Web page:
Everyone acted in this film did justice to their characters. Bosra (who played Fayza) and Maged El Kedwany won the awards for best actress and actor respectably in 2008 Dubai International Film Festival. I personally liked the acting of Nahed El Sebai (who played Nelly) most. She had a comparatively smaller screen presence yet she delivered an excellent performance.

This movie is not only about Cairo, it is about every city and village where women are facing sexual harassment everyday. This movie does not promote violent reaction against harassment, it tells us to speak up against what is wrong. Kudos to Mohamed Diab and the whole unit of 678 for this masterpiece.
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A feather in the director's cap
dr_araman18 May 2012
CAIRO 6,7,8:

Mohamed Diab, the director should be congratulated for this gripping presentation of the silent humiliation suffered by Egyptian women and the courage of three women in fighting back against all odds. If Fayza's simple step brings he system to the point of examining its flaws, Seba and Nelly garner the much needed support to provide a platform for the voice of the suffering women. The sound track is excellent and the editing is superb, providing the best support to the clear and commendable cinematography. All the characters have acted so well, it looks as if it is happening in our presence. One of the best films destined to change the perspective of the society in the way it allows such gross injustice to go unpunished. The end is dramatic and deeply touching, adding a feather in the director's cap.
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Like a fascinating true story: 678 is a must-see movie!
yaseen-372-80977417 May 2012
The Egyptian movie, [678], which covers the subject of sexual harassment, is famous enough in Egypt today as it is. I must admit, from watching just the trailer, I took note of the genius performance and superb artistic delivery, but I also got the impression that the presentation may be overdramatizing the subject, or emotionally taking the side of women in a biased & exaggerated way, or completely ignoring the effect of the sometimes sexually provocative presentation of women when it happens in a society like the Egyptian one—this impression couldn't be more wrong. What I found while watching the movie was one of the most heartwarming and pleasant surprises I've ever come across in the history of Egyptian cinema; no exaggeration, my friend. 678 draws you into a fascinatingly complex, interconnected, and rich world. 678 allows you to meet—and literally live with—such fresh, yet believable characters. 678 turns your head toward a bitter reality, in a harsh real world, yet soothes you with regular chuckles, and keeps you interested, bothered, engaged, and hopeful.

Every main cast member did a great job in my opinion, but I must say that Bushra clearly stands out; and I'm don't want to disappoint—or be unfair to—other cast members, especially Nelly Kareem with a main character, by saying that this is only due to Bushra's genius performance; Bushra's performance was indeed fascinating, but she was also very lucky, because the other genius, Muhammad Diab, the writer and director of 678, gave Bushra his best character! Faiza, the character that Bushra plays, like a sad yet powerful tune in a beautiful song, is an unprecedented character in Egyptian cinema; and I wouldn't be exaggerating if I said that Faiza may revolutionize Egyptian cinema, or be the spark of such a creative, artistic revolution, where the voice of the observant Muslim for the first time ever gets delivered honestly, neutrally, fairly, and in a balanced and beautiful way. Faiza is one of the most believable characters I've ever gotten to know in a story, and easily my favorite hero in 678's world; and I thank the two geniuses, Muhammad Diab and Bushra, for giving us and giving Egyptian cinema—and the world—such a memorable, lovable, and very real character.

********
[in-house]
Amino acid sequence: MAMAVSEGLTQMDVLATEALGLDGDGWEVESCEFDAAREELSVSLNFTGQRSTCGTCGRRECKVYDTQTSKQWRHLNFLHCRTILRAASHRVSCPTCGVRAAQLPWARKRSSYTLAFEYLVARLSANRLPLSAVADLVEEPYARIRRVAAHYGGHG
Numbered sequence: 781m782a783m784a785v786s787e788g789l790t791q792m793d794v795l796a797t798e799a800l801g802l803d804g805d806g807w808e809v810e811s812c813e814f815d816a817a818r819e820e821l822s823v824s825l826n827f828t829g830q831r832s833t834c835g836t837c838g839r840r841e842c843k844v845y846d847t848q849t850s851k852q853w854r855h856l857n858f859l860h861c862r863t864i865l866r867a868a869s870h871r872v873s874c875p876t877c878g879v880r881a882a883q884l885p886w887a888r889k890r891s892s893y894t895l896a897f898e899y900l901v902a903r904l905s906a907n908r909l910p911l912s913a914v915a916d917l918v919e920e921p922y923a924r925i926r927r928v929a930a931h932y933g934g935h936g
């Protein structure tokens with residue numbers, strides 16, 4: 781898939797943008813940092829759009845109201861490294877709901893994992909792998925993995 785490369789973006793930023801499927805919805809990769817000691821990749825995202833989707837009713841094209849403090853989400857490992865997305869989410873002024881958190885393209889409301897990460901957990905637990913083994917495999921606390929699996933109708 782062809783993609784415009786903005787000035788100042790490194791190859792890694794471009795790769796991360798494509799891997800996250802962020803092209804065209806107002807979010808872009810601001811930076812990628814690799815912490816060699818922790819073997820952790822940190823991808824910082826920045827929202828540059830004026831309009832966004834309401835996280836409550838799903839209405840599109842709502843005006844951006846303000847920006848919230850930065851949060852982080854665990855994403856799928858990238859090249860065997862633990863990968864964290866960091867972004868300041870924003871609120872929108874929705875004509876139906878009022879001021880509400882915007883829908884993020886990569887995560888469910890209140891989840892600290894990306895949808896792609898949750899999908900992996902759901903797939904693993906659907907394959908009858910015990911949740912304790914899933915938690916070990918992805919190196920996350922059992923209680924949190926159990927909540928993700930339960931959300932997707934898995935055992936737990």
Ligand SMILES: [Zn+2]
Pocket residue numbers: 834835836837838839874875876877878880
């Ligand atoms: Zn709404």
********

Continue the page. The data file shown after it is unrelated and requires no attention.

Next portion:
Diab managed to turn Faiza into an irresistibly charming, unlikely hero (or heroine!), with all her ups & downs, good deeds & mistakes, kindness & anger, loudness & silence, courage & fear; simply put, Faiza is so perfectly imperfect. Even her arguments with her husband were believable and convincing—within the context of the Egyptian society and that social class; and Diab did not take sides, and did not try to emotionally blackmail you into taking sides either. In many situations, Diab makes you wonder who to blame—if you are a balanced person yourself and you can empathize with the culture, religion and challenges; makes it challenging for you to be biased, and thus subtly invites you to appreciate the complexity and individual challenges in this realistic world.

The only truly "bad guy" in 678 is the sexual harasser; Diab's message is clear about this, especially because he shows you the far reaching effects and chain reaction that the harasser's actions go through to eventually produce so much misery and evil within society; but Diab also makes at least one subtle hint to discourage you from completely demonizing the harasser, and to send the message that almost any human being is fallible. Diab also doesn't shy away from shocking you (and his best character, Faiza!) by giving a minority of women a share of the blame; while empowering all women throughout the movie to take a courageous share of the responsibility of curing society of the phenomenon of sexual harassment.